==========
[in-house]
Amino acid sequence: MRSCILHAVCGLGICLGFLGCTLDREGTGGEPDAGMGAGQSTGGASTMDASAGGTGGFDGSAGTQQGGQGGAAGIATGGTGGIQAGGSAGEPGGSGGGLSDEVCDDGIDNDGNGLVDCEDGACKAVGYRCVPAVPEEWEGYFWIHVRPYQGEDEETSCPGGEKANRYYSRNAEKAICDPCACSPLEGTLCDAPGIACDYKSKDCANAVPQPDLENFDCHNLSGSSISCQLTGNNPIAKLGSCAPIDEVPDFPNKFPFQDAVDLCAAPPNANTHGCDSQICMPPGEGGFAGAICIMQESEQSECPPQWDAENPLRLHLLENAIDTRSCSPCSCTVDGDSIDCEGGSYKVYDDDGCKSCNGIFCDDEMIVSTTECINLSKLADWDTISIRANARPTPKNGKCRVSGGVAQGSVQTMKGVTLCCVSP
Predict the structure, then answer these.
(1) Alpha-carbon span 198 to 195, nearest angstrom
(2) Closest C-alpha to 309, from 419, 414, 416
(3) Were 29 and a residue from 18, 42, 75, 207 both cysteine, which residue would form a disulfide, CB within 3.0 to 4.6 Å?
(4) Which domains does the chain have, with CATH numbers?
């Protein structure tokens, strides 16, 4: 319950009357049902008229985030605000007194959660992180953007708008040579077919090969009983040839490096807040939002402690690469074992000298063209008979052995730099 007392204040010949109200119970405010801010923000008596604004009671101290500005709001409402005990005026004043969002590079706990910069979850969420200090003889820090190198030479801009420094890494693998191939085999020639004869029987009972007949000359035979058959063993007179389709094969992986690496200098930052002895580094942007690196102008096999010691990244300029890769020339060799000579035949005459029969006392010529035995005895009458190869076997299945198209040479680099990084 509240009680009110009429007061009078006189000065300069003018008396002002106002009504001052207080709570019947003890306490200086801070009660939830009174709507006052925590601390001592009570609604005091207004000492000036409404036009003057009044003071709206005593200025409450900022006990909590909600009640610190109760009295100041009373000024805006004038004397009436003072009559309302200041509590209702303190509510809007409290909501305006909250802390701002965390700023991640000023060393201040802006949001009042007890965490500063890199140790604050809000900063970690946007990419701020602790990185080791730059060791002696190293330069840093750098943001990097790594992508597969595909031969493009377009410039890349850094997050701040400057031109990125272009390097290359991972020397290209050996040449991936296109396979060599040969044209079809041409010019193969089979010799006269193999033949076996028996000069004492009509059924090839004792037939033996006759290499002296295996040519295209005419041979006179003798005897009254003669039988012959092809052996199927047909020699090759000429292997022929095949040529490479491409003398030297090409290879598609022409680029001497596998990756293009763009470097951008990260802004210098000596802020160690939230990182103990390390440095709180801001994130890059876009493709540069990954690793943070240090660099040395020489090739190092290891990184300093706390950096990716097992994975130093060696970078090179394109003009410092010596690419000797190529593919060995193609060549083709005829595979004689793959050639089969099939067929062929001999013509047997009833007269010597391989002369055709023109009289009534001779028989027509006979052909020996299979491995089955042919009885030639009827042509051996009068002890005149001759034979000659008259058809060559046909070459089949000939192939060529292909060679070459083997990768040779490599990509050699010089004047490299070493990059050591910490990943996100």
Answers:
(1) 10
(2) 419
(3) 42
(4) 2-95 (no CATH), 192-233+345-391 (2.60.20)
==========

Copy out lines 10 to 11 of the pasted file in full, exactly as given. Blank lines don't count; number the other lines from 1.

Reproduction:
(1) 10
(2) 419